Julián Castro, Tom Perez, and Rep. Darren Soto on building back Puerto Rico, citing Trump’s late funding
Puerto Rico has yet to receive the funding it deserves after years of abandonment by the Trump administration
In two days, Puerto Rico will mark the third anniversary of the devastation by Hurricane Maria. Since then, Puerto Rico has suffered two more major natural disasters — Hurricane Irma, and several major earthquakes to start 2020.
Former HUD Secretary Julián Castro, Tom Perez, Florida Rep. Darren Soto, and leaders with Boricuas con Biden joined a virtual roundtable on Sept. 18 to discuss the Trump administration’s inadequate response to the Puerto Rico crisis.
The speakers also touched on the news that President Donald Trump released long-overdue funding to rebuild Puerto Rico’s energy grid and other top issues for the island, three years after Hurricane Maria hit.
“I remember traveling there. It was abject destruction everywhere,” said Tom Perez.
He said federal aid so desperately needed was not there “because the Trump administration is treating Puerto Ricans as second class citizens.”
Before Trump’s announcement today, Puerto Rico had only received a third of the $50 billion granted by Congress in 2018 necessary to rebuild. The funding announced today, was initially approved by Congress under the Bipartisan Budget Act of 2018, enacted in February 2018.
“It is the height of cynicism to wait until 46 days before the election to make this announcement,” said Erin Cohan, vice president of the Center for American Progress Action Fund in a statement.
The majority of Puerto Ricans still feel the scars left by the initial disregard and delayed recovery process. The notion of reviving efforts only when an election is in sight is the epitome of disrespect.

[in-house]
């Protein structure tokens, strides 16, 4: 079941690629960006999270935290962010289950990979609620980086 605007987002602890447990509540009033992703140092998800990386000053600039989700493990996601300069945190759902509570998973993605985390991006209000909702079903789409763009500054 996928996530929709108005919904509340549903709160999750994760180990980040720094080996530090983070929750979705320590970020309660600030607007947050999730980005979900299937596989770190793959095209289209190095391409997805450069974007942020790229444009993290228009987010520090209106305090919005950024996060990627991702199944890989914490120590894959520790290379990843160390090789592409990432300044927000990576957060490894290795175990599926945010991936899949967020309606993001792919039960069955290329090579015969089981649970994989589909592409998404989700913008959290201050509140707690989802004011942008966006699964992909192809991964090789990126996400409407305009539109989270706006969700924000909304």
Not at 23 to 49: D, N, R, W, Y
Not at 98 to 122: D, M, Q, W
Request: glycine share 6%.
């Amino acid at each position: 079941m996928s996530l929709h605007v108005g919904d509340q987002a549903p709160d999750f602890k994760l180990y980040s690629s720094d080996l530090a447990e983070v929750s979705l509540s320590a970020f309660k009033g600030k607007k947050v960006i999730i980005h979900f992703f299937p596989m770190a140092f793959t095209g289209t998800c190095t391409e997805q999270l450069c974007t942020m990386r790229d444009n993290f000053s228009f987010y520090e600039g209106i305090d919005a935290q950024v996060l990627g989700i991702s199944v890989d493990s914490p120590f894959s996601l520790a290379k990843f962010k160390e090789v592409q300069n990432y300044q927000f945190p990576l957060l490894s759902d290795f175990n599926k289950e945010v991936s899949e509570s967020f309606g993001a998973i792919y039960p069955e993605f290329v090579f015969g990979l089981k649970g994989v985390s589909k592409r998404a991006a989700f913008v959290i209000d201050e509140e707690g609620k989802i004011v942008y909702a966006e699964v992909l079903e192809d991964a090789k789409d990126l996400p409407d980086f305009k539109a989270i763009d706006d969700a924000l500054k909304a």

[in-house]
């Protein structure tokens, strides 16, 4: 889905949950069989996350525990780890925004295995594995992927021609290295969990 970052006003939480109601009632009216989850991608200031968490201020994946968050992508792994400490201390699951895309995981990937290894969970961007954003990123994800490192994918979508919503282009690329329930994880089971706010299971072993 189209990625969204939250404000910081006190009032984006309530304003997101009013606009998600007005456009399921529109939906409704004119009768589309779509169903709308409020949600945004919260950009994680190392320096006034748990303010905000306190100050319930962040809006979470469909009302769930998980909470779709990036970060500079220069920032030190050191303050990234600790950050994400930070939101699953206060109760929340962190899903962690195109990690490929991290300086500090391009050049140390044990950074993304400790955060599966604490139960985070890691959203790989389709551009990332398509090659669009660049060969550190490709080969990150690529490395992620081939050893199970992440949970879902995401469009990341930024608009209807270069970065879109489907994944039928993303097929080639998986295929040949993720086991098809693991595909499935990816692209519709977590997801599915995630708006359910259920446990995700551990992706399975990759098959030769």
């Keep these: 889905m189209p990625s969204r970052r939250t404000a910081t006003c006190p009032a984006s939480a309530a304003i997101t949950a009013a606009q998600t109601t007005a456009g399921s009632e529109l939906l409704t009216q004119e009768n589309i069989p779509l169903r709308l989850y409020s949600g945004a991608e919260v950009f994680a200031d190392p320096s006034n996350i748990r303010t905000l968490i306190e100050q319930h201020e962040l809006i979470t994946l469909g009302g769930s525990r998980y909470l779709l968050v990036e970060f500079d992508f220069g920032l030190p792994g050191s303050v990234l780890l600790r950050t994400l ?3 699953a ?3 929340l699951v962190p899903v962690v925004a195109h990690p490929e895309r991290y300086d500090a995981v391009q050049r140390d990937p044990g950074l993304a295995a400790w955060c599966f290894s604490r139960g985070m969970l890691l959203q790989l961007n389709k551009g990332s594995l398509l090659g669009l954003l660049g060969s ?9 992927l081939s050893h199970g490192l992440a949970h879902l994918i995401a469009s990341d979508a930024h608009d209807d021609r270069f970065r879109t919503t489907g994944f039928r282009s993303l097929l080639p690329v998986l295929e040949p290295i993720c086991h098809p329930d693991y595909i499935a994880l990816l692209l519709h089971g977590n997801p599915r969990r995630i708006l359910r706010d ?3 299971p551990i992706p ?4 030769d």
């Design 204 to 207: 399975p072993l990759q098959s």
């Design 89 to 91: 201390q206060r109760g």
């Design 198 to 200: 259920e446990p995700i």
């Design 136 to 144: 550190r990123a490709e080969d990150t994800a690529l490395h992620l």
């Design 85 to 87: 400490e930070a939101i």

“While I certainly hope to see this money put to good use making Puerto Rico’s electrical system more resilient, these delays are unacceptable, and it is insulting to Puerto Ricans everywhere that the Administration is so blatantly playing politics with this aid,” Rep. Nydia Velazquez wrote in a statement.
My statement on FEMA's Puerto Rico announcement today: pic.twitter.com/vFU3oa2V3w
— Rep. Nydia Velazquez (@NydiaVelazquez) September 18, 2020
The effects of Trump’s disregard have not only been felt on the island, but within Puerto Rican communities on the mainland.
Florida was not only also hit by Hurricane Maria, but the Puerto Rican communities have strong ties with families on the island.
“There are 1.2 million Puerto Ricans here in Central Florida. We had to suffer what was a terrible response. This is the deadliest natural disaster in modern American history, leaving 3,000 of my fellow Boricua dead, with a power outage that lasted seven to nine months,” said Rep. Soto.
“Here in Central Florida we welcomed folks as best as we could,” Soto continued.
He said the federal response and lack of programs put in place to help families also fell short. Soto then mentioned Biden's Puerto Rico plan and recent visit to his district, comparing it to Trump's response.
“I was one of the Puerto Ricans on the island,” said Luis Ferrán, a resident of Puerto Rico and Joe Biden supporter also present on the virtual roundtable. “I saw first hand what it was to grab a bucket and drain your house.”
Ferrán also noted, like others, that Trump’s announcement for aid came too late. He called it laughable, saying you can still see the scars of his inaction at the time visible now.
“It came 3,000 lives too late,” he said.
The Trump administration has shown the United States, and Puerto Rico, that when it really wants something, it gets it done. This has been seen through its incessant push for border wall funding and going as far as taking millions out of military funding to do so.
“This is a time when all of us are thinking about our families, about the wellbeing of our families,” Julián Castro said, recalling instances when he accompanied Biden in improving housing while Castro served as HUD secretary under Obama.
Under Trump, Castro said the disrespect will only continue, seen through, “submitting a plan 1000 days late.”